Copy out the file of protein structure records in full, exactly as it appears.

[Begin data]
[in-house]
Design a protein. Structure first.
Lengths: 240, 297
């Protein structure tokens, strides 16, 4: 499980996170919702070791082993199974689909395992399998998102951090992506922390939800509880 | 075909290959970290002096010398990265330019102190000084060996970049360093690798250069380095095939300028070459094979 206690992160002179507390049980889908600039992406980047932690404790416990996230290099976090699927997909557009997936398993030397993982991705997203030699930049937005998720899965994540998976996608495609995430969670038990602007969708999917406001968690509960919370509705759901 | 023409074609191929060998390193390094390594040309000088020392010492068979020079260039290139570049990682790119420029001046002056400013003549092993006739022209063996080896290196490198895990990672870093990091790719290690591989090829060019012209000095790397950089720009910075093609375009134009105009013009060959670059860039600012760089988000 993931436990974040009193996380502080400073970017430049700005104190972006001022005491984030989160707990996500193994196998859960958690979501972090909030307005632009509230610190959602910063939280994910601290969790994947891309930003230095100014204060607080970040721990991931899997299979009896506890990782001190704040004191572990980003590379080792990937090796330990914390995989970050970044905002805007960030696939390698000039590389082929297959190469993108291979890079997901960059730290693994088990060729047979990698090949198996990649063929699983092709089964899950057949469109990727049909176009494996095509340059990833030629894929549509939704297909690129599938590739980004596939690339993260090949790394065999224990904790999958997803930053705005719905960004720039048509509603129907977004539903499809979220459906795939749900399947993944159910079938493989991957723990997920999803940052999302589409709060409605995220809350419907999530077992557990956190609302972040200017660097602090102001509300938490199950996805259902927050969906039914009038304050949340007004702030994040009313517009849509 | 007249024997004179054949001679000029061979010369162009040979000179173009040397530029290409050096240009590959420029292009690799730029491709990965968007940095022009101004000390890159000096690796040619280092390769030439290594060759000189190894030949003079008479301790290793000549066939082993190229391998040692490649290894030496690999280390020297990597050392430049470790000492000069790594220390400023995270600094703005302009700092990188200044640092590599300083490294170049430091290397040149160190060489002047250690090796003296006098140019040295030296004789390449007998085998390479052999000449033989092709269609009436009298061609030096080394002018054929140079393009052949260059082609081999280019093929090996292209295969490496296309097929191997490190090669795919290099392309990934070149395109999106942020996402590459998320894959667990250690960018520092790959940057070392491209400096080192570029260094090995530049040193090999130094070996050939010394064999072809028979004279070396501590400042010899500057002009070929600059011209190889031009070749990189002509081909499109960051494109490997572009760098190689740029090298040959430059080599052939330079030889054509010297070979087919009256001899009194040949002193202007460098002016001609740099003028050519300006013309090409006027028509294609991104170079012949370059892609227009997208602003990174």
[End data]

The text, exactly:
[in-house]
Design a protein. Structure first.
Lengths: 240, 297
């Protein structure tokens, strides 16, 4: 499980996170919702070791082993199974689909395992399998998102951090992506922390939800509880 | 075909290959970290002096010398990265330019102190000084060996970049360093690798250069380095095939300028070459094979 206690992160002179507390049980889908600039992406980047932690404790416990996230290099976090699927997909557009997936398993030397993982991705997203030699930049937005998720899965994540998976996608495609995430969670038990602007969708999917406001968690509960919370509705759901 | 023409074609191929060998390193390094390594040309000088020392010492068979020079260039290139570049990682790119420029001046002056400013003549092993006739022209063996080896290196490198895990990672870093990091790719290690591989090829060019012209000095790397950089720009910075093609375009134009105009013009060959670059860039600012760089988000 993931436990974040009193996380502080400073970017430049700005104190972006001022005491984030989160707990996500193994196998859960958690979501972090909030307005632009509230610190959602910063939280994910601290969790994947891309930003230095100014204060607080970040721990991931899997299979009896506890990782001190704040004191572990980003590379080792990937090796330990914390995989970050970044905002805007960030696939390698000039590389082929297959190469993108291979890079997901960059730290693994088990060729047979990698090949198996990649063929699983092709089964899950057949469109990727049909176009494996095509340059990833030629894929549509939704297909690129599938590739980004596939690339993260090949790394065999224990904790999958997803930053705005719905960004720039048509509603129907977004539903499809979220459906795939749900399947993944159910079938493989991957723990997920999803940052999302589409709060409605995220809350419907999530077992557990956190609302972040200017660097602090102001509300938490199950996805259902927050969906039914009038304050949340007004702030994040009313517009849509 | 007249024997004179054949001679000029061979010369162009040979000179173009040397530029290409050096240009590959420029292009690799730029491709990965968007940095022009101004000390890159000096690796040619280092390769030439290594060759000189190894030949003079008479301790290793000549066939082993190229391998040692490649290894030496690999280390020297990597050392430049470790000492000069790594220390400023995270600094703005302009700092990188200044640092590599300083490294170049430091290397040149160190060489002047250690090796003296006098140019040295030296004789390449007998085998390479052999000449033989092709269609009436009298061609030096080394002018054929140079393009052949260059082609081999280019093929090996292209295969490496296309097929191997490190090669795919290099392309990934070149395109999106942020996402590459998320894959667990250690960018520092790959940057070392491209400096080192570029260094090995530049040193090999130094070996050939010394064999072809028979004279070396501590400042010899500057002009070929600059011209190889031009070749990189002509081909499109960051494109490997572009760098190689740029090298040959430059080599052939330079030889054509010297070979087919009256001899009194040949002193202007460098002016001609740099003028050519300006013309090409006027028509294609991104170079012949370059892609227009997208602003990174």